health life reflection

Negativity on Social Networks & Seeking Help

Temperatures got you down? Don't fret!
Temperatures got you down? Don’t fret!

I woke up a few hours ago and was checking my Twitter feed, as usual. I kept coming across negative/grumpy posts from one user that I finally decided that I didn’t have to sit there and read this person’s negativity. I could simply unfollow.

The thought that crossed my mind though: I know quite a few people like that. They plaster themselves on social networks and constantly complain about how miserable they are, how much life sucks. This could all be taken as just “Oh, he’s a whiner.” or “Oh, she’s had a bad day.”

But what if these tweets, status updates, etc. are actually cries for help? What if, for these people, their lives TRULY suck?

I wouldn’t recommend leaving these people, but I would recommend suggesting to them to seek professional help. This recommendation is coming from myself, who has been in counseling for over five years. Am I seriously depressed all the time? No, but I get bouts of it. What I’ve noticed over the years is that, no matter how much I may try to avoid talk therapy, I need it, all the time. Yes, I can always talk about my sadness, my problems, with friends and family. They do care. But, since they are not psychologists or counselors, they can only do so much.

I’ve experienced this myself as well. Having a few colleagues over the years complain to me about how miserable they are, I found that their energy was draining all of mine. I wanted to help so badly, but I noticed that, after awhile, I was only talking to a wall that wouldn’t take any advice I’d give. I didn’t have any more resources to pull from to help the other party get out of their rut.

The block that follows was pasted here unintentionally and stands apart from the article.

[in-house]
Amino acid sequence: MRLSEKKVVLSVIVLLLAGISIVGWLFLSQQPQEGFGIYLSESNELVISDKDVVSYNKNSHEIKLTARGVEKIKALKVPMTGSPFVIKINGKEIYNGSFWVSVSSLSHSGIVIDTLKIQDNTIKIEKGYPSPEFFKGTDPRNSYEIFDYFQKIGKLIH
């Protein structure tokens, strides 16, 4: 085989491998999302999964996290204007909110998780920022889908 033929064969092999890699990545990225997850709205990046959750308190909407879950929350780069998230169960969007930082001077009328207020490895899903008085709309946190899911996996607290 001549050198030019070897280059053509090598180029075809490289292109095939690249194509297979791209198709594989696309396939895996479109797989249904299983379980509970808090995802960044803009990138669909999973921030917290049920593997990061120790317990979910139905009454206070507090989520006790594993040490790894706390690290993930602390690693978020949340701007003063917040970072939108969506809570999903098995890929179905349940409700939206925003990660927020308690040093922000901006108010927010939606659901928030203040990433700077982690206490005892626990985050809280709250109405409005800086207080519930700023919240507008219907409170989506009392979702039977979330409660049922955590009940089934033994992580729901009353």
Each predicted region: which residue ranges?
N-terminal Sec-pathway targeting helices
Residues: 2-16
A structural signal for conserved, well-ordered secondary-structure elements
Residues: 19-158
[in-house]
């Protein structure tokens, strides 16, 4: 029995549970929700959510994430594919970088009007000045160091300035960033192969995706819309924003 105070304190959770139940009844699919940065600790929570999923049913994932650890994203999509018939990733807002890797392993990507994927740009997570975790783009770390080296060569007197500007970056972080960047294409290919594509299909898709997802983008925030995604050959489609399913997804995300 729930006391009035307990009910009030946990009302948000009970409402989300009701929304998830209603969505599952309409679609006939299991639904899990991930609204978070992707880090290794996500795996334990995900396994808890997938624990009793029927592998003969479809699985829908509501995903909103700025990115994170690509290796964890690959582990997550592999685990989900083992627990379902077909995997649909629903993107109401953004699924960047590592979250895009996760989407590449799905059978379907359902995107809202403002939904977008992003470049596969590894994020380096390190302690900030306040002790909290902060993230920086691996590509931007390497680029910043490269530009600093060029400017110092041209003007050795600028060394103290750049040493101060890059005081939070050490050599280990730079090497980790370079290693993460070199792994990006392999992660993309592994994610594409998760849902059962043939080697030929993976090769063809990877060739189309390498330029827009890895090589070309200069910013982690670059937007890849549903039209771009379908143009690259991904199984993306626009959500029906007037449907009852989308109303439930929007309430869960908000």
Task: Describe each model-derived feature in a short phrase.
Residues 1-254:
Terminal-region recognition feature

And that’s the thing. When these same individuals resort to complaining about life on social networks, it just makes things worse for the rest of us. We sit here, wanting to console our friends & family that are going through hard times, but after awhile, we can do no more. We can’t take care of everybody. We’re not all counselors or psychologists. If we’re true to ourselves and to our troubled loved ones, we would recommend seeking therapy.

Of course, in our society (the American society), talk about therapy and mental health is so taboo. But it doesn’t have to be. You don’t have to feel ashamed that you’re seeking a psychologist’s help to get through your dark times. You’re helping yourself by doing this instead of wallowing away and avoiding it!

So, next time you see someone complaining about life on your social networks, give them a little nudge to perhaps seek talk therapy. They don’t need to be seriously, clinically depressed to seek that. It’ll make them feel better and more proactive about their life if they just go through a bit of talk therapy.